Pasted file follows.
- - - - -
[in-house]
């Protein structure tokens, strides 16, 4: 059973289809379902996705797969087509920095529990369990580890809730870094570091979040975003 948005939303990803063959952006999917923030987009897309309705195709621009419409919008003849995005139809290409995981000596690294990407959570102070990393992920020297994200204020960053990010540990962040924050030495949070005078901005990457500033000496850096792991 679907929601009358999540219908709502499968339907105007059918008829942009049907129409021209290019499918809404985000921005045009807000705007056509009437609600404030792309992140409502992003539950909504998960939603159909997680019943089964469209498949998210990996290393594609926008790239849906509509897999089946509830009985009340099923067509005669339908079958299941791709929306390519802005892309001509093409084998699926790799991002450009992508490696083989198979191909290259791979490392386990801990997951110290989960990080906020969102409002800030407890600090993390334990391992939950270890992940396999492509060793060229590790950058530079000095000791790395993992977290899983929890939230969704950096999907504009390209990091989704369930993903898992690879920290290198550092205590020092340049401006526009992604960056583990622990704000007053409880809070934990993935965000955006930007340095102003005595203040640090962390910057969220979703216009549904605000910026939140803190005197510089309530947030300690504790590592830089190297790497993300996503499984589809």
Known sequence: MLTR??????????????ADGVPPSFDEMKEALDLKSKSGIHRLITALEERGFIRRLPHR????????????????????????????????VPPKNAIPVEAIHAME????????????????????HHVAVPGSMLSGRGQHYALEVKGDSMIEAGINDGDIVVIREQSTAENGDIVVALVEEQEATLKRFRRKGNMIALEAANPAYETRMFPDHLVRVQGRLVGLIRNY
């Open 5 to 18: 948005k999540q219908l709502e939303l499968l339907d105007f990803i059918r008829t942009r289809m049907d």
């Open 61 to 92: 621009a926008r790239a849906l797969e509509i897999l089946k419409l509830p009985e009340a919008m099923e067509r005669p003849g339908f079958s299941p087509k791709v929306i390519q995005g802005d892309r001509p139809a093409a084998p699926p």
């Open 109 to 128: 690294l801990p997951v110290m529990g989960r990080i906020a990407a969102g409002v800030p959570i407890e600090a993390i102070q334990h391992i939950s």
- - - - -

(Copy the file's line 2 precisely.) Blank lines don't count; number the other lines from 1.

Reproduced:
């Protein structure tokens, strides 16, 4: 059973289809379902996705797969087509920095529990369990580890809730870094570091979040975003 948005939303990803063959952006999917923030987009897309309705195709621009419409919008003849995005139809290409995981000596690294990407959570102070990393992920020297994200204020960053990010540990962040924050030495949070005078901005990457500033000496850096792991 679907929601009358999540219908709502499968339907105007059918008829942009049907129409021209290019499918809404985000921005045009807000705007056509009437609600404030792309992140409502992003539950909504998960939603159909997680019943089964469209498949998210990996290393594609926008790239849906509509897999089946509830009985009340099923067509005669339908079958299941791709929306390519802005892309001509093409084998699926790799991002450009992508490696083989198979191909290259791979490392386990801990997951110290989960990080906020969102409002800030407890600090993390334990391992939950270890992940396999492509060793060229590790950058530079000095000791790395993992977290899983929890939230969704950096999907504009390209990091989704369930993903898992690879920290290198550092205590020092340049401006526009992604960056583990622990704000007053409880809070934990993935965000955006930007340095102003005595203040640090962390910057969220979703216009549904605000910026939140803190005197510089309530947030300690504790590592830089190297790497993300996503499984589809």